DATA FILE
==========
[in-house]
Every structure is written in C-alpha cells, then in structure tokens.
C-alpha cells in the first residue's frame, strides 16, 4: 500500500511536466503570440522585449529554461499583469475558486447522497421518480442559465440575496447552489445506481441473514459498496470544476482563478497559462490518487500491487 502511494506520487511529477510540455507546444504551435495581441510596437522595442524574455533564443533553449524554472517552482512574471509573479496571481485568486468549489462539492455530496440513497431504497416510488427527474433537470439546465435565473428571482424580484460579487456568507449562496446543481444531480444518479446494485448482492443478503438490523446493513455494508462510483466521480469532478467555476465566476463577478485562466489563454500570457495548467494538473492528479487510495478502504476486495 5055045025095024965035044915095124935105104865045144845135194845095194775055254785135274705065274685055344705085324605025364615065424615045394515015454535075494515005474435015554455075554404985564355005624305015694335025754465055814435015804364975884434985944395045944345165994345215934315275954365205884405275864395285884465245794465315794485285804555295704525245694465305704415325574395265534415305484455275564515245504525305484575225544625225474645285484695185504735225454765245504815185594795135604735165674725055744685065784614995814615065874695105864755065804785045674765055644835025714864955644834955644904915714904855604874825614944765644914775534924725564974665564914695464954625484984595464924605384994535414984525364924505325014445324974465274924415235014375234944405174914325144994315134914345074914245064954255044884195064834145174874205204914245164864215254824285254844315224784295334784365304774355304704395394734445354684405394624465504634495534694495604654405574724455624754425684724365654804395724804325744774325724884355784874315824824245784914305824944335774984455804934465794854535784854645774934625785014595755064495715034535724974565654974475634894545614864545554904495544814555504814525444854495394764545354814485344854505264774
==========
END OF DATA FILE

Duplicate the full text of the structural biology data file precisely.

[in-house]
Every structure is written in C-alpha cells, then in structure tokens.
C-alpha cells in the first residue's frame, strides 16, 4: 500500500511536466503570440522585449529554461499583469475558486447522497421518480442559465440575496447552489445506481441473514459498496470544476482563478497559462490518487500491487 502511494506520487511529477510540455507546444504551435495581441510596437522595442524574455533564443533553449524554472517552482512574471509573479496571481485568486468549489462539492455530496440513497431504497416510488427527474433537470439546465435565473428571482424580484460579487456568507449562496446543481444531480444518479446494485448482492443478503438490523446493513455494508462510483466521480469532478467555476465566476463577478485562466489563454500570457495548467494538473492528479487510495478502504476486495 5055045025095024965035044915095124935105104865045144845135194845095194775055254785135274705065274685055344705085324605025364615065424615045394515015454535075494515005474435015554455075554404985564355005624305015694335025754465055814435015804364975884434985944395045944345165994345215934315275954365205884405275864395285884465245794465315794485285804555295704525245694465305704415325574395265534415305484455275564515245504525305484575225544625225474645285484695185504735225454765245504815185594795135604735165674725055744685065784614995814615065874695105864755065804785045674765055644835025714864955644834955644904915714904855604874825614944765644914775534924725564974665564914695464954625484984595464924605384994535414984525364924505325014445324974465274924415235014375234944405174914325144994315134914345074914245064954255044884195064834145174874205204914245164864215254824285254844315224784295334784365304774355304704395394734445354684405394624465504634495534694495604654405574724455624754425684724365654804395724804325744774325724884355784874315824824245784914305824944335774984455804934465794854535784854645774934625785014595755064495715034535724974565654974475634894545614864545554904495544814555504814525444854495394764545354814485344854505264774